Wednesday, November 3, 2010

Men of La Mancha

Day 268 of the "What are you reading, and why?" project, and Ben has been reading Zorro by Isabel Allende.  "It's a great read," he says, "but a very different version of the traditional Zorro."  Here's a link to the Spanish edition at Amazon.  According to Ben, "Isabel's Zorro is a spoiled dandy."

Another young man is reading Don Quixote, the masterpiece of Miguel de Cervantes, in a fine thick paperback edition in Spanish from our foreign language shelves at Babbitt's.  He was getting a stack of books but when Sarah at the register held up that one, I went and got him our newest arrival, not yet shelved, a hardcover that states "This book is made to last" right on the copyright page, and you can see that it is.

It's a  lovely edition, red with gold lettering, full title in modern Spanish, El Ingenioso Hidalgo Don Quijote de la Mancha, by Miguel de Cervantes Saavedra, edited by Fajardo and James A. Parr, from Pegasus Press, University of North Carolina at Asheville, 1998. It is signed by the editor and annotator, Salvador Fajardo, and our young man might come back for it, or let someone know what he wants for Christmas.

Speaking of Christmas (and thinking of Christmas "pudding"), I just learned from the ever informational Wikipedia that Cervantes is responsible for "the proof is in the pudding" via his longer statement, "The proof of the pudding is in the eating."  

Yesterday I voted before breakfast.  Today I am thinking of eating dessert first.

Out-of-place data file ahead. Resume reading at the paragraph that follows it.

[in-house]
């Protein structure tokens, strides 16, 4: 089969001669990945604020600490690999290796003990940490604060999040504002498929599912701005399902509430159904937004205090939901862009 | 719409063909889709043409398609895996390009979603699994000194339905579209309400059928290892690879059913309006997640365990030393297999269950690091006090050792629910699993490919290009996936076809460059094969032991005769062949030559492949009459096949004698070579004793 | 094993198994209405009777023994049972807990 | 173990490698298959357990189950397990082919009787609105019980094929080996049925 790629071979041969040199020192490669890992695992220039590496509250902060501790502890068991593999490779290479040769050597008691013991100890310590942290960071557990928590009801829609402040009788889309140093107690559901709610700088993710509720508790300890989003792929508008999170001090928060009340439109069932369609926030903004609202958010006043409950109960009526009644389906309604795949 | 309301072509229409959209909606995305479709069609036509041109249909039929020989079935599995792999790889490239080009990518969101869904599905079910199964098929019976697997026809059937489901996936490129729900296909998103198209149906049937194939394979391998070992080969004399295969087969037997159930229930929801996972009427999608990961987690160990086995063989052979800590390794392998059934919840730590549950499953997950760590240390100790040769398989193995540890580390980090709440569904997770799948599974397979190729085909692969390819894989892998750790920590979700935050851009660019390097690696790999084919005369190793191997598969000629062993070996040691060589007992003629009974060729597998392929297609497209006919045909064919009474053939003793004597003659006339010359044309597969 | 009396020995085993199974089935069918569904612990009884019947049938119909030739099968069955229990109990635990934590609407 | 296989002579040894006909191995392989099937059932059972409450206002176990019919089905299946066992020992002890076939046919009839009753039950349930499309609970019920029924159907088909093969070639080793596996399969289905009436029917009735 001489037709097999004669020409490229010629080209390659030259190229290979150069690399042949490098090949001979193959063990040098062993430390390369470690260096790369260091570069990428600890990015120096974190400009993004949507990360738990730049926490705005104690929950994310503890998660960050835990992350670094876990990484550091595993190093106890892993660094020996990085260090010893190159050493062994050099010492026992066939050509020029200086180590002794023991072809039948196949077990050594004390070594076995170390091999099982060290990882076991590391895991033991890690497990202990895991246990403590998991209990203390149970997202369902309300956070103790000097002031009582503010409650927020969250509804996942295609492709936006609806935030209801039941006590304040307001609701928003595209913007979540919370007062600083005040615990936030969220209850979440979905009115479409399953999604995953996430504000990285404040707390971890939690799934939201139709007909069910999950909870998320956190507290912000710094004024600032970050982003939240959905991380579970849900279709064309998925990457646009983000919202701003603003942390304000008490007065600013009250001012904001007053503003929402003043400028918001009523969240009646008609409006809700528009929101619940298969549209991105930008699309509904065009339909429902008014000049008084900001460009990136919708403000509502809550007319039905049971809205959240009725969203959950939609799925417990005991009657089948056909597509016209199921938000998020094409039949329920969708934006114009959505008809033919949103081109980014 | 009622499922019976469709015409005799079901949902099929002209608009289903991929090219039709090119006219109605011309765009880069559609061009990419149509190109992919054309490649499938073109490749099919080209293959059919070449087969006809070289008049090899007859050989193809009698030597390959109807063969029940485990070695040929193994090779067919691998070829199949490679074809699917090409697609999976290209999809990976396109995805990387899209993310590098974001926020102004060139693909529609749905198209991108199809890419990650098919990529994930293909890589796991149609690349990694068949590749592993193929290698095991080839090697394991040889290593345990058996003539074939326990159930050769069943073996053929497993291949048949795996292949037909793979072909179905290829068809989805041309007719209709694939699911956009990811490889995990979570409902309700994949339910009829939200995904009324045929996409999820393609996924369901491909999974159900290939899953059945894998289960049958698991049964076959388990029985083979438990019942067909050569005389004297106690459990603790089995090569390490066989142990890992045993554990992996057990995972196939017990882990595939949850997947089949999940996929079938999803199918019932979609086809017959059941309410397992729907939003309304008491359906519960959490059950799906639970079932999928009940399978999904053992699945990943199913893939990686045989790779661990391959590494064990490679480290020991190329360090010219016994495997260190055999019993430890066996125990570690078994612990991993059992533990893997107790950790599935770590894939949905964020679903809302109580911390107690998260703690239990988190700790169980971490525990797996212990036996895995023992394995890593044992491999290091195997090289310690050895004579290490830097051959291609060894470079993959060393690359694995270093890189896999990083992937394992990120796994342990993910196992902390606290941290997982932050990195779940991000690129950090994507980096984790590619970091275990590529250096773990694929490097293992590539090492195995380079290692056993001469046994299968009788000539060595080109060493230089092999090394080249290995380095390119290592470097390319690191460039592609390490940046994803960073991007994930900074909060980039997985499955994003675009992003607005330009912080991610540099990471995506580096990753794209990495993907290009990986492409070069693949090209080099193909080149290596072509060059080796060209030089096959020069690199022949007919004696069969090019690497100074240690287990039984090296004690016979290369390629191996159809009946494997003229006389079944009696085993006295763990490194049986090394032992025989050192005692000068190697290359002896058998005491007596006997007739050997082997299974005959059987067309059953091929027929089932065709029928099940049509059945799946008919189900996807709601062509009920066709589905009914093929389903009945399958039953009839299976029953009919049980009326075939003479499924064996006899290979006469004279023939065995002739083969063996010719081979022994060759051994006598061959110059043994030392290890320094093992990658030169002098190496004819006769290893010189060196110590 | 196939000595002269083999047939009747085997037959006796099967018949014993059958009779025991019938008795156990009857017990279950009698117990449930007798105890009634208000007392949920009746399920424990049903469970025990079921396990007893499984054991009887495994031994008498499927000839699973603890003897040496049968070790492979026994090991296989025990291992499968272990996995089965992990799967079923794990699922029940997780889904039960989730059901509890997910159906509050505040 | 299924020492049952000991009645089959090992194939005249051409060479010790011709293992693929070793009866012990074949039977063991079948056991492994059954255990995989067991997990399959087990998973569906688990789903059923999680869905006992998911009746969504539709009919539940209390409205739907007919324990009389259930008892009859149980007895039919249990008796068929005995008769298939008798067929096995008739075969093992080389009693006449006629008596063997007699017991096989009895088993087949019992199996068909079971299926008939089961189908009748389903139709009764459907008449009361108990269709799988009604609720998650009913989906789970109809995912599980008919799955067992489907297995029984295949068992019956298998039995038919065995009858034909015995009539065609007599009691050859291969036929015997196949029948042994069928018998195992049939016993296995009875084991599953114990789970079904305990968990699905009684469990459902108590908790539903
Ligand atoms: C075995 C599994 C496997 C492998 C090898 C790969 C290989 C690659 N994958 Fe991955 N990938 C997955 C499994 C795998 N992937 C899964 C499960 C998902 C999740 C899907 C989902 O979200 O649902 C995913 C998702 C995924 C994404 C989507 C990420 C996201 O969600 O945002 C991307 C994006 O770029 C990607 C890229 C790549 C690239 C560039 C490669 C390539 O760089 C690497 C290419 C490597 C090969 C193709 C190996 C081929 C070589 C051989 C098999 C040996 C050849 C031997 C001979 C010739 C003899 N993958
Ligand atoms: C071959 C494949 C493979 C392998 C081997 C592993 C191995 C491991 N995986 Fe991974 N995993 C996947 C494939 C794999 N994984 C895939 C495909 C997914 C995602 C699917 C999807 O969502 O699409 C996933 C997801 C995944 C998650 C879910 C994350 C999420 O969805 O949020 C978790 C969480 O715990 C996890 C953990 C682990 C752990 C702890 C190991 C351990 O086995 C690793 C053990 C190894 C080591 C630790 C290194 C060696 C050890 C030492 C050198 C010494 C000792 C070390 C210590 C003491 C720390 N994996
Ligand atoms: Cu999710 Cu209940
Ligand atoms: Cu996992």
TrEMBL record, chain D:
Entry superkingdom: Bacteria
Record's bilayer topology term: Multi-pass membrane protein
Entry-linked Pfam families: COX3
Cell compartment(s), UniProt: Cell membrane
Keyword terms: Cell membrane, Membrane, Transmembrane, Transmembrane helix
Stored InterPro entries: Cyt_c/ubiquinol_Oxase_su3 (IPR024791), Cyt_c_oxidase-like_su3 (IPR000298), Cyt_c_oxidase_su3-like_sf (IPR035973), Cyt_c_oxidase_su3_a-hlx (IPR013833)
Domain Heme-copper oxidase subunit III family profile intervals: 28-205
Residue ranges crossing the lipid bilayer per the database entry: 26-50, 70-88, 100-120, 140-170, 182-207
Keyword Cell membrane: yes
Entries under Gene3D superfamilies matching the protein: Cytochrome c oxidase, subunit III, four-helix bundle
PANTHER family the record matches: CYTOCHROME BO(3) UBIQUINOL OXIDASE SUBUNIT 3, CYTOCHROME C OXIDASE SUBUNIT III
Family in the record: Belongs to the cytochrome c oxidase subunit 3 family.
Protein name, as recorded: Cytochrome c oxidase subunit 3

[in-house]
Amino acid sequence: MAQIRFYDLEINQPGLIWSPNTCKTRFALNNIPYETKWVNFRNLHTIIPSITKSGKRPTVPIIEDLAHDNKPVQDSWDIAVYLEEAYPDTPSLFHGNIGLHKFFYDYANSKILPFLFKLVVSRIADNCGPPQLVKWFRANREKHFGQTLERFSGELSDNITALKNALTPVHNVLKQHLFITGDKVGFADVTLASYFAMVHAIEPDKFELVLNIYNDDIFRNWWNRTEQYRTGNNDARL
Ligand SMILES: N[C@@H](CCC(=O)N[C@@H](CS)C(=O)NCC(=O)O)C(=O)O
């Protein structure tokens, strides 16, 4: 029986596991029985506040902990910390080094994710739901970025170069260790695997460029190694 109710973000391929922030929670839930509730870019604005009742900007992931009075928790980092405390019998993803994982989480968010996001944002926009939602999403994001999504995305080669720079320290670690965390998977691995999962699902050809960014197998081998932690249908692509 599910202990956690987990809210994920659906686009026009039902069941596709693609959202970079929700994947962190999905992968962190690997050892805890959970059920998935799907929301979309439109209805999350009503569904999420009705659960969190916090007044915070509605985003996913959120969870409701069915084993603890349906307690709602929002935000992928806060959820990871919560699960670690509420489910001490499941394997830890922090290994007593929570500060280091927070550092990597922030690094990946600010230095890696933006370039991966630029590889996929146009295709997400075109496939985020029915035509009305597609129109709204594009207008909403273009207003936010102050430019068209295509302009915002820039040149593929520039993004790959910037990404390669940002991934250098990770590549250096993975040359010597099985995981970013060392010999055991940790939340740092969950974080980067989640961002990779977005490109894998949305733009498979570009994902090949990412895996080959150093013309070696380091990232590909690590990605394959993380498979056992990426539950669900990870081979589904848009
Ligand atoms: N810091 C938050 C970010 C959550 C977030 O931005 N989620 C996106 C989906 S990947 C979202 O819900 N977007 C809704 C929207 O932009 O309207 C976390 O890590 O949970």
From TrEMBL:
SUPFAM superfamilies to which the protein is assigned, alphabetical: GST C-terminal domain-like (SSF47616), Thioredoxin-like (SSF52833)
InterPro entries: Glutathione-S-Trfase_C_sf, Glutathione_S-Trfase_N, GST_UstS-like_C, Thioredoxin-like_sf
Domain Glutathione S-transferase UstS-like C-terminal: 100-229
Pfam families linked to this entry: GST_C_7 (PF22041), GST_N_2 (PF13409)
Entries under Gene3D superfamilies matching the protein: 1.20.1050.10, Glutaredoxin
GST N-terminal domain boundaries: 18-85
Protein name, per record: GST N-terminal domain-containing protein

Julie Kistler said...

I remember my sister the Spanish major reading "Don Quixote" in Spanish at some point in her education and finding it tough going. That's always a shame, when something you love in translation is so difficult in its native tongue for someone to whom it isn't native. I found the same thing with "The Three Musketeers" back in high school French, and "The Brothers Karamazov" in a college Russian class. Struggling through trying to figure out the words took the joy out of it for me. So I retreated to the English translations often enough to remind me why I loved it in the first place!

marydee said...

So, would that be *thinking of Antonio Banderas* or...

Ok, so here is the rundown of a ridiculous stack of books in my bedroom. My eyes are certainly bigger than my stomach (or, free time as it were) this month. Forgive me if any of these are repeats from a previous list - I sometimes leave a book sitting for a while.

The Cookbook Collector: A Novel by Allegra Goodman
The Wave: In Pursuit of the Rogues, Freaks and Giants of the Ocean by Susan
Freedom by Jonathan Franzen
The Unswept Room and One Secret Thing by Sharon Olds
Nemesis by Philip Roth
Running the Books: The Adventures of an Accidental Prison Librarian by Avi Steinberg
Packing for Mars: The Curious Science of Life in the Void by Mary Roach
Zero Decibels:The Quest for Absolute Silence by George M. Foy
The Diary of a Teenage Girl: An Account in Words and Pictures by Phoebe Gloeckner

I am currently reading 'The Wave.' Susan is the author of 'The Devil's Teeth: A True Story of Obsession and Survival Among America's Great White Sharks' which I found both thrilling and educational - great whites so close to California! And, the surfer element of both books is a lure for me - I'm a sucker for surfers.
You'll see some of your recommendations on my list, I trust. Thanks for the book ideas!

Kathleen said...

Yes, I do see some familiar titles on your list, Mary. I would be afraid of the shark book, but maybe I could handle it if drinking a Landshark with old Saturday Night Live episodes running continuously in the background.

I love your stack!